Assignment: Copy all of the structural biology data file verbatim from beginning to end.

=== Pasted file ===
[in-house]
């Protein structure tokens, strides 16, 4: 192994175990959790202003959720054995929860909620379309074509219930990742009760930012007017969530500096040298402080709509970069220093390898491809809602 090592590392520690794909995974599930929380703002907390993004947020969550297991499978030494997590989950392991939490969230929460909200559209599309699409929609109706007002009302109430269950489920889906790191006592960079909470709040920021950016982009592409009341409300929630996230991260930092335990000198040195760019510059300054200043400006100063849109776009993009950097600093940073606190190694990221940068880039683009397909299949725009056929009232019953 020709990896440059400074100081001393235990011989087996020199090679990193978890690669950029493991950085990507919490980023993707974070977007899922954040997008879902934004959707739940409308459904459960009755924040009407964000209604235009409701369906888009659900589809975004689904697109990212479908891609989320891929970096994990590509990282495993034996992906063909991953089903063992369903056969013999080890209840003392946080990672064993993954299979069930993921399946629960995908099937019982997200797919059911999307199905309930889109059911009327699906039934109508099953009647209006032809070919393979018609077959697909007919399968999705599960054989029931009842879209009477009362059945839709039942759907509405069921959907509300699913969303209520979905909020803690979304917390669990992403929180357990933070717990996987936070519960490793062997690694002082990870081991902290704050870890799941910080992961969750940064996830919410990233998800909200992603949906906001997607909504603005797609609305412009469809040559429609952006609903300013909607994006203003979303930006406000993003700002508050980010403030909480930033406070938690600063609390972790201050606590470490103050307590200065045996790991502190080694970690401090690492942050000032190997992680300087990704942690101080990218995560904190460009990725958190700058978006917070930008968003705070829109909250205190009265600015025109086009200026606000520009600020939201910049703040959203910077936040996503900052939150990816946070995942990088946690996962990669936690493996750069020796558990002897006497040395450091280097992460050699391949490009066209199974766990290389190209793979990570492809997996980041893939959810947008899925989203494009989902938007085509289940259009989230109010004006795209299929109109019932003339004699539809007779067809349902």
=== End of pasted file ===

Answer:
[in-house]
């Protein structure tokens, strides 16, 4: 192994175990959790202003959720054995929860909620379309074509219930990742009760930012007017969530500096040298402080709509970069220093390898491809809602 090592590392520690794909995974599930929380703002907390993004947020969550297991499978030494997590989950392991939490969230929460909200559209599309699409929609109706007002009302109430269950489920889906790191006592960079909470709040920021950016982009592409009341409300929630996230991260930092335990000198040195760019510059300054200043400006100063849109776009993009950097600093940073606190190694990221940068880039683009397909299949725009056929009232019953 020709990896440059400074100081001393235990011989087996020199090679990193978890690669950029493991950085990507919490980023993707974070977007899922954040997008879902934004959707739940409308459904459960009755924040009407964000209604235009409701369906888009659900589809975004689904697109990212479908891609989320891929970096994990590509990282495993034996992906063909991953089903063992369903056969013999080890209840003392946080990672064993993954299979069930993921399946629960995908099937019982997200797919059911999307199905309930889109059911009327699906039934109508099953009647209006032809070919393979018609077959697909007919399968999705599960054989029931009842879209009477009362059945839709039942759907509405069921959907509300699913969303209520979905909020803690979304917390669990992403929180357990933070717990996987936070519960490793062997690694002082990870081991902290704050870890799941910080992961969750940064996830919410990233998800909200992603949906906001997607909504603005797609609305412009469809040559429609952006609903300013909607994006203003979303930006406000993003700002508050980010403030909480930033406070938690600063609390972790201050606590470490103050307590200065045996790991502190080694970690401090690492942050000032190997992680300087990704942690101080990218995560904190460009990725958190700058978006917070930008968003705070829109909250205190009265600015025109086009200026606000520009600020939201910049703040959203910077936040996503900052939150990816946070995942990088946690996962990669936690493996750069020796558990002897006497040395450091280097992460050699391949490009066209199974766990290389190209793979990570492809997996980041893939959810947008899925989203494009989902938007085509289940259009989230109010004006795209299929109109019932003339004699539809007779067809349902």